Schizophrenia (SCZ) is a devastating mental disorder affecting approximately 1% of the worldwide population. Early studies have indicated that genetics plays an important role in the onset and development of SCZ. Accumulating evidence supports that SCZ is linked to abnormalities of synapse transmission and synaptic plasticity. Voltage-gated calcium channel (VGCC) subunits are critical for mediating intracellular Ca2 + influx and therefore are responsible for changing neuronal excitability and synaptic plasticity. To systematically investigate the role of calcium signaling genes in SCZ susceptibility, we conducted a case-control study that included 2518 SCZ patients and 7521 healthy controls with Chinese Han ancestry. Thirty-seven VGCC genes, including 363 tag single nucleotide polymorphisms (SNPs), were examined. Our study replicated the following previously identified susceptible loci: CACNA1C, CACNB2, OPRM1, GRM7 and PDE4B. In addition, several novel loci including CACNA2D1, PDE4D, NALCN, and CACNA2D3 were also identified to be associated with SCZ in our Han Chinese sample. Combined with GTEx eQTL data, we have shown that CASQ2, ITGAV, and TMC2 can be also added into the prioritization list of SCZ susceptible genes. Two-way interaction analyses identified widespread gene-by-gene interactions among VGCC activity and complex-related genes for the susceptibility of SCZ. Further sequencing based studies are still needed to unravel potential contributions of schizophrenia risk from rare or low frequency variants of these candidate genes.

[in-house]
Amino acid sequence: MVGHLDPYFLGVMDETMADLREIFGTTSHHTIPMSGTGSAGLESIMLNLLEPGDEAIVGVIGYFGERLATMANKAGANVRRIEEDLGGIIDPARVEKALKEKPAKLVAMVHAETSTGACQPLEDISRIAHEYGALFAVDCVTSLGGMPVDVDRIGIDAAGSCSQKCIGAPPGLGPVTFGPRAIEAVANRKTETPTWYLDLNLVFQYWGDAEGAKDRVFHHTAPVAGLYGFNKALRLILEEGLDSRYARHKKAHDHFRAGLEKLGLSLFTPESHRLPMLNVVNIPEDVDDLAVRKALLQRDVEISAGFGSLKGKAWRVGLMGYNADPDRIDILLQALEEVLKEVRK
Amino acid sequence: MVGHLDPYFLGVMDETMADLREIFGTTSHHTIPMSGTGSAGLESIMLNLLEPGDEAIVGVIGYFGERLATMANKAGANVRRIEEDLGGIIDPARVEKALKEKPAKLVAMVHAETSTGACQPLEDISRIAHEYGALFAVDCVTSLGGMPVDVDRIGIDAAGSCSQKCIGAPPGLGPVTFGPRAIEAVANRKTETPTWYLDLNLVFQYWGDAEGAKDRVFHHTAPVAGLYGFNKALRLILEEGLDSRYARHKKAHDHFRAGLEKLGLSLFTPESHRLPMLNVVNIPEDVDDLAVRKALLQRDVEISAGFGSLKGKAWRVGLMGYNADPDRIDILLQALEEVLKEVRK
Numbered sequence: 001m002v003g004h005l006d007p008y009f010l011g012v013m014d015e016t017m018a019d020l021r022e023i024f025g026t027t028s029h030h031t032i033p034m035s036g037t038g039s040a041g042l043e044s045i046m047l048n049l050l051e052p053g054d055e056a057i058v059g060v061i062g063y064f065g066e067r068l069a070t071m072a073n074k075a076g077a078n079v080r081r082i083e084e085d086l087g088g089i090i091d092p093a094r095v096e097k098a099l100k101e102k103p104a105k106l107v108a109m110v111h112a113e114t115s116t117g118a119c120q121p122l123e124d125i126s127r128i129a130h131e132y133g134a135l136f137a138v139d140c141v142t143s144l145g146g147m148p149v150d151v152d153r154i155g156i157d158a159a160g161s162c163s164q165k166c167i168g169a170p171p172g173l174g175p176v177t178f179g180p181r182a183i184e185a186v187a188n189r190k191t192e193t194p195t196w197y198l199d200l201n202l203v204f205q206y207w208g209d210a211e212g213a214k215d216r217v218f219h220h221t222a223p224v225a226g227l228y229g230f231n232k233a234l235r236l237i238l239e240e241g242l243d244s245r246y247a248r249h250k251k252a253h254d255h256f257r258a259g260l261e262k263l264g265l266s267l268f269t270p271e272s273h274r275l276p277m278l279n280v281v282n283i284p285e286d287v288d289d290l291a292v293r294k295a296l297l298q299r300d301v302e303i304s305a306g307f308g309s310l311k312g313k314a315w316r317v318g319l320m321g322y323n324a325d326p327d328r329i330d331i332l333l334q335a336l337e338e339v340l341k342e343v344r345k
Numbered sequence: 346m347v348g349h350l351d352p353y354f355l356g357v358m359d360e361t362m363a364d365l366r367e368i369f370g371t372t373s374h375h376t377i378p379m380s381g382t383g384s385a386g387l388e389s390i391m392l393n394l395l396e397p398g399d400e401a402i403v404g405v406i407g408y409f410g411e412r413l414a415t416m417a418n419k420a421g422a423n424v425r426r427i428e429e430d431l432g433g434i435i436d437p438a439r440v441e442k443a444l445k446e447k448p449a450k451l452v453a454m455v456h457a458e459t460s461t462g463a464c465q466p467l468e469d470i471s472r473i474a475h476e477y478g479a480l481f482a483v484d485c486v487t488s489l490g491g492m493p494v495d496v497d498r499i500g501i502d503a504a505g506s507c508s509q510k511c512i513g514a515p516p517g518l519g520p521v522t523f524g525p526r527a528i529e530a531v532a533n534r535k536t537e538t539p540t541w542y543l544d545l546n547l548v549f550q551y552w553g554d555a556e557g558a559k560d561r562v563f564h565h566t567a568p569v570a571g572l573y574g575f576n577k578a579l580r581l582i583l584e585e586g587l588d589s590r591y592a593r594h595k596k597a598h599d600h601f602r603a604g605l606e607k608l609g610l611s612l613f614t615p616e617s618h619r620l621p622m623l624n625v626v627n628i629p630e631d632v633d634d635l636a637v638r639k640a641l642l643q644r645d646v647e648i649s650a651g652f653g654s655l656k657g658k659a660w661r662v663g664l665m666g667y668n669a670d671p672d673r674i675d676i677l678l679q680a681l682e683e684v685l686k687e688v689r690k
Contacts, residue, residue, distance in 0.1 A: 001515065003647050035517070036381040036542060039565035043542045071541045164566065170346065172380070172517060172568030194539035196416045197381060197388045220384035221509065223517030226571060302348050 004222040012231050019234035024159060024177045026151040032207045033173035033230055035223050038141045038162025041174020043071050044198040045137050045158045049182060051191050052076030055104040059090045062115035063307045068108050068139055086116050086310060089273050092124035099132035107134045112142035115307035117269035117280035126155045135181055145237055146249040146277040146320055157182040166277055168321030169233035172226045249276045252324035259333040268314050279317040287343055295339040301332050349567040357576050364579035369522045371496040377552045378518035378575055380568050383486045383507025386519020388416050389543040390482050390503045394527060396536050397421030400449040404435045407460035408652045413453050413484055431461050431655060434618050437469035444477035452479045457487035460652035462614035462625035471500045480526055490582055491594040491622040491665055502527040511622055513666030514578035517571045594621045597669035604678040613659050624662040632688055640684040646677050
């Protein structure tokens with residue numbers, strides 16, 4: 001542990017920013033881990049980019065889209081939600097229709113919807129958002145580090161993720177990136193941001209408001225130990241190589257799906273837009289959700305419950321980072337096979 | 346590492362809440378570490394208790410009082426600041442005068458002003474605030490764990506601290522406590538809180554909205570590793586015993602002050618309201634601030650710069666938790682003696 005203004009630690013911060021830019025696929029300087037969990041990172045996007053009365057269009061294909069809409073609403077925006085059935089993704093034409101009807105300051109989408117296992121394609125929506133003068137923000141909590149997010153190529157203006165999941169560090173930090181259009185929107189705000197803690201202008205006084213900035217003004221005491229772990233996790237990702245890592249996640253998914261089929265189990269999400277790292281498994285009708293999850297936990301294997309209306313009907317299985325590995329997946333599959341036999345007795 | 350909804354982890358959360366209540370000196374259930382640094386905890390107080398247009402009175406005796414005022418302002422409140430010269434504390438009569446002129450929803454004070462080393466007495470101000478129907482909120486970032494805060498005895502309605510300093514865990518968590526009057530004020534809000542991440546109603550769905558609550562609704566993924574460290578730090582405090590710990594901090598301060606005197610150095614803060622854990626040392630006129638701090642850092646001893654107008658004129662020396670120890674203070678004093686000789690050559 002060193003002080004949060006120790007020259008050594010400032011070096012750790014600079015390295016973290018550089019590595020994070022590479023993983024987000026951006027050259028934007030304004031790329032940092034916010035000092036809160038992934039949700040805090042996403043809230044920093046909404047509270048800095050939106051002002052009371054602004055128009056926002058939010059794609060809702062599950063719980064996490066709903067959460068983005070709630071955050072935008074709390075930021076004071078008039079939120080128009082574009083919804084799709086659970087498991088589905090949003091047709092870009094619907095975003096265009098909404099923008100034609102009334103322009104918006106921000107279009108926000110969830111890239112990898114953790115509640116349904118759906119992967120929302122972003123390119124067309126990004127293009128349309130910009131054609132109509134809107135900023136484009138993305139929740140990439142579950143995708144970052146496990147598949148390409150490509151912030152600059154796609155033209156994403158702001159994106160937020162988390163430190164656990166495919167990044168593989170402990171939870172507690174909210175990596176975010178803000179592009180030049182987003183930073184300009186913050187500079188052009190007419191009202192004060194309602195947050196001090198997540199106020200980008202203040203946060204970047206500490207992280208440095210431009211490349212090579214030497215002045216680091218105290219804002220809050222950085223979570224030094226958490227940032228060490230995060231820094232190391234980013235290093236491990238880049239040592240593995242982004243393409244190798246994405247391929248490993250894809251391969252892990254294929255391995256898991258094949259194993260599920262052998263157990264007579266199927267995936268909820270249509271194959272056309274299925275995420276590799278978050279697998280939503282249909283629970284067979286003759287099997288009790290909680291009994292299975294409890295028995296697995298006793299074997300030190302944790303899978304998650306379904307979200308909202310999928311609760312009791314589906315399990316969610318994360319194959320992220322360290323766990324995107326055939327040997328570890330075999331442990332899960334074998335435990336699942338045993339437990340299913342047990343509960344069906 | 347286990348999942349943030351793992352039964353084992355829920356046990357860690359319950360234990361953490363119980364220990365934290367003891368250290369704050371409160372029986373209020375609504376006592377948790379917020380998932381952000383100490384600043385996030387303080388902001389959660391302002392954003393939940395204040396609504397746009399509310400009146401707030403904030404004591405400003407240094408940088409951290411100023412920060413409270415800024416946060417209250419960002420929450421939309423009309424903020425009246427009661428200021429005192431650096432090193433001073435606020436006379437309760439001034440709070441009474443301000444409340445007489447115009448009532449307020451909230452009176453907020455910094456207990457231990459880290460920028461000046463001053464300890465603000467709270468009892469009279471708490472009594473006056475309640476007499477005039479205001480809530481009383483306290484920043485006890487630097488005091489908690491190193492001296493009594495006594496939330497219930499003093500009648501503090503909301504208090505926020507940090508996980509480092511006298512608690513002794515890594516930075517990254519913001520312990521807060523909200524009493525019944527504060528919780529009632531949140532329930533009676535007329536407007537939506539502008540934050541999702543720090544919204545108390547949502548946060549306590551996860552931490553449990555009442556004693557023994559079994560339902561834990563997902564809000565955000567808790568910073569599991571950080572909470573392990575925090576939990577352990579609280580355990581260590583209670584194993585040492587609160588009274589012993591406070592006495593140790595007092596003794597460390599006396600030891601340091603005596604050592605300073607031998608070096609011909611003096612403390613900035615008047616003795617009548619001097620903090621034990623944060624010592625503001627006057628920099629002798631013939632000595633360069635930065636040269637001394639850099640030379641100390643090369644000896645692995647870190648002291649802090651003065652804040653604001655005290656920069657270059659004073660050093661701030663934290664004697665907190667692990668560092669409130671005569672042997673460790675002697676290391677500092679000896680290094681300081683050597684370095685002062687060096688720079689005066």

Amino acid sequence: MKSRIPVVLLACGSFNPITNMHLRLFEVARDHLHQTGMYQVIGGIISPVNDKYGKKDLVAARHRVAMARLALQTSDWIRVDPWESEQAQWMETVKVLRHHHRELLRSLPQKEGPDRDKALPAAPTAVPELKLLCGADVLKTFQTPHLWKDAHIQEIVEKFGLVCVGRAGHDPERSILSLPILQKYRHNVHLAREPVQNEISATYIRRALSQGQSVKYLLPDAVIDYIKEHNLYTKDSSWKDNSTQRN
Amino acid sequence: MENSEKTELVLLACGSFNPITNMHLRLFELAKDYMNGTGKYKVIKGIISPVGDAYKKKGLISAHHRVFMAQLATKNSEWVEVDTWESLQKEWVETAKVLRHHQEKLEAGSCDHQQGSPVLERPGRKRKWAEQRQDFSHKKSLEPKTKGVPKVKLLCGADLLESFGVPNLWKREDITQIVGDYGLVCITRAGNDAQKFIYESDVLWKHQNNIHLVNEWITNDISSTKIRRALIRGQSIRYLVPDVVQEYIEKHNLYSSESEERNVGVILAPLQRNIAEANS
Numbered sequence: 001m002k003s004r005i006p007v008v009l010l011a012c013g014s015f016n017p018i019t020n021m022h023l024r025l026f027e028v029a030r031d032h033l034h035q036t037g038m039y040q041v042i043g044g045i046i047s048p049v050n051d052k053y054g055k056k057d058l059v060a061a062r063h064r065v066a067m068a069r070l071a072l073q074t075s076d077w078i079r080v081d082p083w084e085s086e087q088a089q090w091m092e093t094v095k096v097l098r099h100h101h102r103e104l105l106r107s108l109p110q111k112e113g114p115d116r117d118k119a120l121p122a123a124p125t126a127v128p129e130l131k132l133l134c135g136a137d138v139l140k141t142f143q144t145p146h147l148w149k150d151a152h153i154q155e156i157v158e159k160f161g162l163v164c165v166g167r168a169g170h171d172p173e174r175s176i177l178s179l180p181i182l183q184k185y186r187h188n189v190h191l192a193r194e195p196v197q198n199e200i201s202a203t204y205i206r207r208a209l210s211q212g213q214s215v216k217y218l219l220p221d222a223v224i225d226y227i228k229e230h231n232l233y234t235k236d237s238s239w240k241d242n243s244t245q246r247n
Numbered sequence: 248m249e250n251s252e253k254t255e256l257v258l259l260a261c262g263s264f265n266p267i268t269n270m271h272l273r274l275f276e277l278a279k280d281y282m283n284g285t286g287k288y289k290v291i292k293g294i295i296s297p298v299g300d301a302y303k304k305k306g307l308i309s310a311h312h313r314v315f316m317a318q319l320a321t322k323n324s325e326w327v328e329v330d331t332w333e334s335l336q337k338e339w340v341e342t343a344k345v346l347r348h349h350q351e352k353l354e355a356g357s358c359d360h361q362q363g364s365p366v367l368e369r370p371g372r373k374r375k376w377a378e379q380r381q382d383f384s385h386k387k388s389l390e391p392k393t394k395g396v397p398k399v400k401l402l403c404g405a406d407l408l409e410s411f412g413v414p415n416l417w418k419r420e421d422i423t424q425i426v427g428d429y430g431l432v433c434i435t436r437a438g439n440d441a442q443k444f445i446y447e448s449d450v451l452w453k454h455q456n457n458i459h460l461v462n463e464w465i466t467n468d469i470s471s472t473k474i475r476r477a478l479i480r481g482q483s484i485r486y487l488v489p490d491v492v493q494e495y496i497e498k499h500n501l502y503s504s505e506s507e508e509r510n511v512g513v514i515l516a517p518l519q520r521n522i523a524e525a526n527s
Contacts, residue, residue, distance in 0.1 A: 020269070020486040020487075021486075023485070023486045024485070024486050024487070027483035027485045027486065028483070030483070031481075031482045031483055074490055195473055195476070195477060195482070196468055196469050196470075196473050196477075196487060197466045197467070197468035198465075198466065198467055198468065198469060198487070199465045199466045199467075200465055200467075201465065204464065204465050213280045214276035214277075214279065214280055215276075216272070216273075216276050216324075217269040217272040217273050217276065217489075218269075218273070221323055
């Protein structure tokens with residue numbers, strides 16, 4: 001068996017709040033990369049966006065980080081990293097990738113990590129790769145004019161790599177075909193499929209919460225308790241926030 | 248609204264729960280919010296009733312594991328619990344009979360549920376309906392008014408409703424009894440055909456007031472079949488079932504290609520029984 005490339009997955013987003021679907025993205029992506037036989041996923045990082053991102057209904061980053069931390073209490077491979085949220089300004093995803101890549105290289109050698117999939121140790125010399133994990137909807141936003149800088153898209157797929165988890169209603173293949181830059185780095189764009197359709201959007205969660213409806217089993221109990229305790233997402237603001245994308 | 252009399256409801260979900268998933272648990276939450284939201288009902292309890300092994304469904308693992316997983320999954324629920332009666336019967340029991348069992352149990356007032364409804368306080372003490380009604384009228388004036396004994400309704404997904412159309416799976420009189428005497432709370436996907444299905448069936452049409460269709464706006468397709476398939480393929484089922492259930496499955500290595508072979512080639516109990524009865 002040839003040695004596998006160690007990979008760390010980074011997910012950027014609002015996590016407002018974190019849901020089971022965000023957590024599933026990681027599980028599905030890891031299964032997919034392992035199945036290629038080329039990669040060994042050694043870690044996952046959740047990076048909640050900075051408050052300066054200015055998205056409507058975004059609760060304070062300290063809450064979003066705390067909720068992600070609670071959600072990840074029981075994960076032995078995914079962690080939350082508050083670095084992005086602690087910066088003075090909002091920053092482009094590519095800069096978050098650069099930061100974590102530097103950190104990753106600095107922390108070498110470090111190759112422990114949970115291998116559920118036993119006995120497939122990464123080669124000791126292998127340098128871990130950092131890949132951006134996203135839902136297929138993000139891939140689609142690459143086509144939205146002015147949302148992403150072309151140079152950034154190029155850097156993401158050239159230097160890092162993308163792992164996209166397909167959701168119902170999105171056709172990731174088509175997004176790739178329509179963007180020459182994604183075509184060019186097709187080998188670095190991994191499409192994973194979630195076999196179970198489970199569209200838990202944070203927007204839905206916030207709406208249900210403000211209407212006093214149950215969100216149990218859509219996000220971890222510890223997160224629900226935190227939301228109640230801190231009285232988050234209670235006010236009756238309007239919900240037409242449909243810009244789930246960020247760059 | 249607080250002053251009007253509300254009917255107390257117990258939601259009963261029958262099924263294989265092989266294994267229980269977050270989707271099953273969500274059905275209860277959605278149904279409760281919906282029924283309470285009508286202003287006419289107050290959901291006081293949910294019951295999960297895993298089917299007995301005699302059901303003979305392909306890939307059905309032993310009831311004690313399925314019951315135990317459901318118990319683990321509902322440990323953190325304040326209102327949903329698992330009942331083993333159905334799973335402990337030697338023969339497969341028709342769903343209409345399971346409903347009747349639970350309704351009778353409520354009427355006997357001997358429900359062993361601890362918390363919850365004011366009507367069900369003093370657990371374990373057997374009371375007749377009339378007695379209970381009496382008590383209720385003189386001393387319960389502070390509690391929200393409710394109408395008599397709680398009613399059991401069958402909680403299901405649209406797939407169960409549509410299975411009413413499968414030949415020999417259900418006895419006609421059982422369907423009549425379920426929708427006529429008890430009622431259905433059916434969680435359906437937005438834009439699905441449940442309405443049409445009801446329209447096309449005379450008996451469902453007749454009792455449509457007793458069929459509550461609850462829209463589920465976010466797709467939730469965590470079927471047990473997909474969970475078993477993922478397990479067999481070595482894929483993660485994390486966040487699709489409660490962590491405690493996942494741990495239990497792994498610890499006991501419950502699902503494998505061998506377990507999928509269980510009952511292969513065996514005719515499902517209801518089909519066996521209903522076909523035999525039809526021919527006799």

- Case-control study
- Common variants
- Han Chinese
- Schizophrenia susceptibility
- Voltage-gated calcium channels related genes